This month, I spent $59 in my play category (the budget is $50) and $52 in my sustainability category (from a budget of $20). Clearly, the amounts spent were higher than those budgeted for. I was aware of this as I was going through the month, and knew that I would be saving more than enough money in other categories to cover it, but it’s still not sitting all that well with me.
One of the things I wanted to avoid with TGAAD was spending money in other places instead of for clothes. I’m not sure that’s quite what I’m doing here, but it might be. Although I am pleased with what I got and stuck to things that had been on my list for ages and was planning on buying new soon anyway, I don’t want to get into the habit of overspending in my set categories, even if it just means moving money that’s already built into the budget around to compensate. Part of the point is to consume and have less, period.
So, I’m trying something new for February.
Part of what I don’t like about shopping is that I buy substitutes. There are certain books that I want, for example. If I see one used that’s inexpensive and on the same topic, but not the exact one that I wanted, I tend get it anyway. Eventually, I’m likely to get the one that I want as well, which is a waste of money, as well as a waste of space if I don’t get rid of the first one.
So now, I’m going to focus on getting exactly what I want. The cost of buying a few books that are kind of what I want could cover, or at least go a long way towards getting a book I really want. So, this February, I’m making a deal with myself. No shopping other than the necessities. At the end, if I stick to it, I get this:
I very much want this. I love his work, love reading his books, looking at the pictures, watching the shows. It’s somewhat pricy, even after the discount. But all the $3 and $4 secondhand cookbooks in the world won’t be this one. So, rather than buy them, I’m going to get this one, and I will enjoy the living heck out of it.
This will take up much of my combined budget for play and for sustainability. In fact, if I attend the workshop on starting seeds that I want to go to this month ($30) I could be a bit over (although I do have some gift certificates). But I will be less over budget – if I’m over at all – than I was this month. I’ll have the book that I most want. And I’ll only have one new book to fit onto the shelf, rather than a pile plus a few new housewares too.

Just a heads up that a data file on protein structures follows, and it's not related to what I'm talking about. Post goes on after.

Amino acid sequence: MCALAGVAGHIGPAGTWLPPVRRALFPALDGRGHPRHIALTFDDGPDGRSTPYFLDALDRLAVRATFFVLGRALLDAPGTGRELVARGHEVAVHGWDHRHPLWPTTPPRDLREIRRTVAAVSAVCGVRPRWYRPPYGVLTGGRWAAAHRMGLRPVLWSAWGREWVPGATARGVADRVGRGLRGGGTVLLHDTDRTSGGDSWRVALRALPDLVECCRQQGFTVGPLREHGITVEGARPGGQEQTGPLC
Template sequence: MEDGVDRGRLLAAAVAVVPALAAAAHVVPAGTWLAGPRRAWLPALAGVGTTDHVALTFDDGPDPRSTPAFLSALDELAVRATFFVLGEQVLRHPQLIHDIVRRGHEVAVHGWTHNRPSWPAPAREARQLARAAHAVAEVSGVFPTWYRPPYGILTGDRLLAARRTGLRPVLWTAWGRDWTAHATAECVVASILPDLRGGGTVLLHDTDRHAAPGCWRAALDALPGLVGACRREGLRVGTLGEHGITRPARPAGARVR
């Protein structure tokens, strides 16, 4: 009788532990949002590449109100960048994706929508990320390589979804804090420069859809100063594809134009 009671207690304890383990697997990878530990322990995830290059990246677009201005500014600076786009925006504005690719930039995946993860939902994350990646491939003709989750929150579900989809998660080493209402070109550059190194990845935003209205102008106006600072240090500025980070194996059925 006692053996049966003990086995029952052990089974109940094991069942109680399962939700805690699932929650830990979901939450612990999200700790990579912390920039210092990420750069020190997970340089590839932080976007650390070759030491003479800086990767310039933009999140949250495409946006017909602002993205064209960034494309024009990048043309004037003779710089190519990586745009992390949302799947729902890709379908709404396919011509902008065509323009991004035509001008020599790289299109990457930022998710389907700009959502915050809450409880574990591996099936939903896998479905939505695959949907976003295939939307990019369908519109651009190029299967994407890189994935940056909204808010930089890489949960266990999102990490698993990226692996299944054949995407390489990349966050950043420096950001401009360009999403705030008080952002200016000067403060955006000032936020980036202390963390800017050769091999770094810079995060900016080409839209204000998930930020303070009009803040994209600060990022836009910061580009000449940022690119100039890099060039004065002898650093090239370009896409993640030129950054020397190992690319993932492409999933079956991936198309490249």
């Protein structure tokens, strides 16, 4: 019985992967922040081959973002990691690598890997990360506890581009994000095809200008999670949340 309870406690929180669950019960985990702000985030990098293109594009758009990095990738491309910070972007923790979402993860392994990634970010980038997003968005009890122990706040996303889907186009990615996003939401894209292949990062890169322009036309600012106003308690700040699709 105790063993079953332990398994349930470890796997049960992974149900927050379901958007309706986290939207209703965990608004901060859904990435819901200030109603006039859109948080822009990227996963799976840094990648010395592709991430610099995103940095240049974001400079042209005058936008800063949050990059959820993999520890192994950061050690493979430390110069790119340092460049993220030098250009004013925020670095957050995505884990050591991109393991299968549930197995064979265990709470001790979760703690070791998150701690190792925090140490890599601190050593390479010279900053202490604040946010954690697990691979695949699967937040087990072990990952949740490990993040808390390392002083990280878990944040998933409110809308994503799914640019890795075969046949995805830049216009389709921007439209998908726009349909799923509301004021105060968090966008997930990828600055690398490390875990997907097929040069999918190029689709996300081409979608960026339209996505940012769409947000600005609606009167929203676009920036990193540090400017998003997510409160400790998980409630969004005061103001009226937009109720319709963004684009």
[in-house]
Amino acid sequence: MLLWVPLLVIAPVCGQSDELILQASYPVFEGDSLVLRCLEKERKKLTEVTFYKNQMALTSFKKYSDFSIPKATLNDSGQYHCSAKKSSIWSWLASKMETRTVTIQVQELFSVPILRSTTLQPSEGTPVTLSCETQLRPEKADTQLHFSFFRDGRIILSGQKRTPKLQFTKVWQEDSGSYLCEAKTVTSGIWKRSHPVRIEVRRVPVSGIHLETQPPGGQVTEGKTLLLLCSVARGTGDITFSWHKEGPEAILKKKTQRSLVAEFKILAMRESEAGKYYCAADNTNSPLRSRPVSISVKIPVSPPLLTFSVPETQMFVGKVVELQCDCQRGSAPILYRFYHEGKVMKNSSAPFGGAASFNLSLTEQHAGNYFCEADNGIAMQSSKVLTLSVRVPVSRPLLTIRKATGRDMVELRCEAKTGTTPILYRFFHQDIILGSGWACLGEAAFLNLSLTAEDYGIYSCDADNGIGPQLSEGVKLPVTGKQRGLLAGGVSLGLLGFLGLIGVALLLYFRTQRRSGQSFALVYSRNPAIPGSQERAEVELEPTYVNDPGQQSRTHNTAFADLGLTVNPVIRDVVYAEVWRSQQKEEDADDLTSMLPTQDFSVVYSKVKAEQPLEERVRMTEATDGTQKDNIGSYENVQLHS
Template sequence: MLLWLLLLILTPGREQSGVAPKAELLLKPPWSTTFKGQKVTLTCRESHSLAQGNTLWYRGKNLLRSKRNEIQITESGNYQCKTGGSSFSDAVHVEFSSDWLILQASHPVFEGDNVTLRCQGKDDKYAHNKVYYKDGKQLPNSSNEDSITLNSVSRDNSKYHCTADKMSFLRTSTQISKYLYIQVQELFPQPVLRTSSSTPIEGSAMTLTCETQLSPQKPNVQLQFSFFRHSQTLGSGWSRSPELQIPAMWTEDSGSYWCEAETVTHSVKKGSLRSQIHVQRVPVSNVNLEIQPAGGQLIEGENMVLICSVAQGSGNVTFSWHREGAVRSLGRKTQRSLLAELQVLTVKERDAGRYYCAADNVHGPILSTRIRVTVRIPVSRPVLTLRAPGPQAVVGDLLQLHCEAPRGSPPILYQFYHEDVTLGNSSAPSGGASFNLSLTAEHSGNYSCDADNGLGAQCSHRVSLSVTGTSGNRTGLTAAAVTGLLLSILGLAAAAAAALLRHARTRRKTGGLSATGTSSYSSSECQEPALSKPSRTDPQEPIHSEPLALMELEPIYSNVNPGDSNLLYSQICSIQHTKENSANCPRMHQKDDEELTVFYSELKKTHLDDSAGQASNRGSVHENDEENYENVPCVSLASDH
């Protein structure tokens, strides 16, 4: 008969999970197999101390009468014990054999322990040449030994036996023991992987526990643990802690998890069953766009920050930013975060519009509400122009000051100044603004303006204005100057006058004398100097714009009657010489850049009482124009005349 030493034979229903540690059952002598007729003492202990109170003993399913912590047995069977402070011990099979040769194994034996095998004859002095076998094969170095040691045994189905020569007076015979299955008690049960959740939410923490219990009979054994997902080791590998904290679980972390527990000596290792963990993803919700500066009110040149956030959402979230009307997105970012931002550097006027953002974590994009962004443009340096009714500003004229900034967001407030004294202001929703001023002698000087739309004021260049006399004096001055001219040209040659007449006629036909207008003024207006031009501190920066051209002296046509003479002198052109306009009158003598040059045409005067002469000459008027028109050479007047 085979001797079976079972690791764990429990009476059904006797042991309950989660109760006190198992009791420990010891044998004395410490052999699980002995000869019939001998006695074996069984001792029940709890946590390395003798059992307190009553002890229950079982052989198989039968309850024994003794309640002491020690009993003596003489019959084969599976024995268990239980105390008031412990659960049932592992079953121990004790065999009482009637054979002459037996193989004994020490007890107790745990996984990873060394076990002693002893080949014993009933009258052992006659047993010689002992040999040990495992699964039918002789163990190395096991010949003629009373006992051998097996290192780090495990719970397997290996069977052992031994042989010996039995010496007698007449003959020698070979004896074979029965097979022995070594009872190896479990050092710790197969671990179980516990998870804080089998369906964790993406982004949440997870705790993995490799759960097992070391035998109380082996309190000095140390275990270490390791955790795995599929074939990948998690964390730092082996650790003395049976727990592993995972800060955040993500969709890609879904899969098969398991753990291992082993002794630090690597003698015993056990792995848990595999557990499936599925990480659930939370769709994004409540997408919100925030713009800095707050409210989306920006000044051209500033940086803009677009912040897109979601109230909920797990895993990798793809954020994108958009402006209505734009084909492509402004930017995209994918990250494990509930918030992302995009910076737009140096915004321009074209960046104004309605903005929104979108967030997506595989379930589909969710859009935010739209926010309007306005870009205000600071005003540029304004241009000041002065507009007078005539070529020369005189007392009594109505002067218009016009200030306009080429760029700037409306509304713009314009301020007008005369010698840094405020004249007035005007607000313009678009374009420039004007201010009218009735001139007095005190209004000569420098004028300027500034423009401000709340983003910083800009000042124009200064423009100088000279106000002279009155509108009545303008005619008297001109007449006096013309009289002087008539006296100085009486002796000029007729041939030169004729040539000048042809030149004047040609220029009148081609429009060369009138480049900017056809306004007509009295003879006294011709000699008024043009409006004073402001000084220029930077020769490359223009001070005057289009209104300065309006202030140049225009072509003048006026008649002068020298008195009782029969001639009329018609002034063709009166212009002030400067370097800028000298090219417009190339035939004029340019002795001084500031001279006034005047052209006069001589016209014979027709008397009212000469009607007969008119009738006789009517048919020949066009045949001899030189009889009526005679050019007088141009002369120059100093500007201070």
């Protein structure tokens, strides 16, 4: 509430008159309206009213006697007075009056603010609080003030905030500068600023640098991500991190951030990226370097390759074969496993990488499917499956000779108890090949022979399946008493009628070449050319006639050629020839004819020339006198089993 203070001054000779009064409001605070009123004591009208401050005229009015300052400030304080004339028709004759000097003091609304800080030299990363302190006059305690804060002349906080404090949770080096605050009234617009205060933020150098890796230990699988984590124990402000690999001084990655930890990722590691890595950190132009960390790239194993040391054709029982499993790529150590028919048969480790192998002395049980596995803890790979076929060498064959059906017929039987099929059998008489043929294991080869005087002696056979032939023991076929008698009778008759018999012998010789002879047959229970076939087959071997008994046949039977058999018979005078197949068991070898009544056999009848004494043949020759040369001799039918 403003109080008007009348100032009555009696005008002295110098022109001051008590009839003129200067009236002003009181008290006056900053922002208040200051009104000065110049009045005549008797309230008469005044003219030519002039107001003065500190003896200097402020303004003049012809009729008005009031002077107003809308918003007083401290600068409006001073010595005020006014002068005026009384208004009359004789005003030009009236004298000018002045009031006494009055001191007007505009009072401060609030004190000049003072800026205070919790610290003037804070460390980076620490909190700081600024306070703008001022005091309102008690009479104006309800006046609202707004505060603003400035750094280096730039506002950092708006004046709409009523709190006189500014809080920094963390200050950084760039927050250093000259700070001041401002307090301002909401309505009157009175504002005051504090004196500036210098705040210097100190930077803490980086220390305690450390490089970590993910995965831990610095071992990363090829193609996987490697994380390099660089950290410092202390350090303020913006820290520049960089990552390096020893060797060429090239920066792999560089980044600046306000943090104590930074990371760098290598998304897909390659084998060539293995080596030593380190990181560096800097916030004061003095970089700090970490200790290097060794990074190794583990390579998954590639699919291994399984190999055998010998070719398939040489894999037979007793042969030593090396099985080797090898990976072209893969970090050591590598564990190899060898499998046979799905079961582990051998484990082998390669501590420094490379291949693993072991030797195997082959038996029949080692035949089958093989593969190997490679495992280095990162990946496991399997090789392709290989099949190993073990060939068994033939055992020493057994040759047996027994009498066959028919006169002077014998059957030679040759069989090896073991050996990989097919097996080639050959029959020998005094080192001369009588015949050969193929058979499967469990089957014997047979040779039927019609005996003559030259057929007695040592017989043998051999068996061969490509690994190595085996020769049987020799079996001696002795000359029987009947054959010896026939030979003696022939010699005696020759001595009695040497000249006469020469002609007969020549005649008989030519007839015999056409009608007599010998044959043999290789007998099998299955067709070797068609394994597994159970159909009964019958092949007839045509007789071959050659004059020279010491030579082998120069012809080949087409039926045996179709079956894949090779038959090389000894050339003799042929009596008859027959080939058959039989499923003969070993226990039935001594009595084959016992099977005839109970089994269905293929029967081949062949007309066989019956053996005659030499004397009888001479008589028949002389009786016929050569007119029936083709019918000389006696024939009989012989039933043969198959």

With a new year, I’ve refigured my budget just a bit. With the current financial uncertainties, being on the job market, and just trying to better manage my resources, I’ve made a few adjustments here and there while also trying to simplify things a bit more.
First, since I’ve joined The Great American Apparel Diet (TGAAD), I’ve eliminated the clothing category. Only $10 a month, but that still $120 a year. If I do wind up getting a suit (I’m on the job market, and trying to make sure I have appropriate clothing, so it’s my TGAAD exception), it’ll come out of my education amount for the month.
Second, I’ve raised my automatic savings amount from $125 to $150 a month. Because it’s buried in the budget, I tend to forget it’s there, and it makes a nice addition to the money that I try to save out of my other categories. Adding in an extra $25 makes it an even nicer surprise to remember.
Finally, I’ve started recording my spending by rounding up to the nearest dollar. This way, the amounts I track are slightly higher than what I actually spent, leaving a bit extra at the end of the month – $0.23 here, or $0.71 there. It’s not a lot, since I don’t spend all that often, and it’s $0.99 at most each time, but even an extra $0.50 on 10 purchases is $5 a month.
And just a note on budgets in general. A few people have asked me if I find my budget very restrictive. The short answer is no. The long answer, though, is that although it works well for me, I get that this won’t work for everyone. Not everyone likes to track in this much detail, or have such strict limits on spending. For me, though, it works. It’s interesting, and I see keeping my budget and especally staying within it as a challenge. This makes it more fun and interesting and less like some restrictive drudgery. Furthermore, it’s very much a choice. I don’t have to live like this, but I want to, and choosing versus being forced to do something are two very different things. In general, I like saving a lot more than I like spending, which certainly helps as well, but setting out the numbers and finding ways to stay where I’m supposed to be feels rewarding to me, and not like a chore, and therefore works quite well.
As I continue to declutter (which I’ve realised is a complete pain without a car, since now I have 3 garbage bags full of clothes and 100 or so books along with other assorted bits and pieces that stacked around the apartment as I move them one backpack at a time to the Goodwill donation dropoff) I’ve been considering my stuff.
I have, I’ll admit, a lot of duplicates of things, which is easier to see when everything’s dragged out for sorting and relocation. As favourite things start to look worn, I have a tendency to replace them. Trouble is, the original very rarely makes it out the door because I like it, which means that I regularly wind up with multiples of things (which may or may not be in the most fantastic of condition), and because there’s a replacement, the originals rarely get the care that could fix or help them to last longer. So, in the interest of keeping my apartment clean and my wallet full(er), I’ve decided I’m going to keep the best of my things (which was the plan all along) but care for them better, so that there won’t be such an impulse to replace them, and so that they’ll last longer and serve my needs better.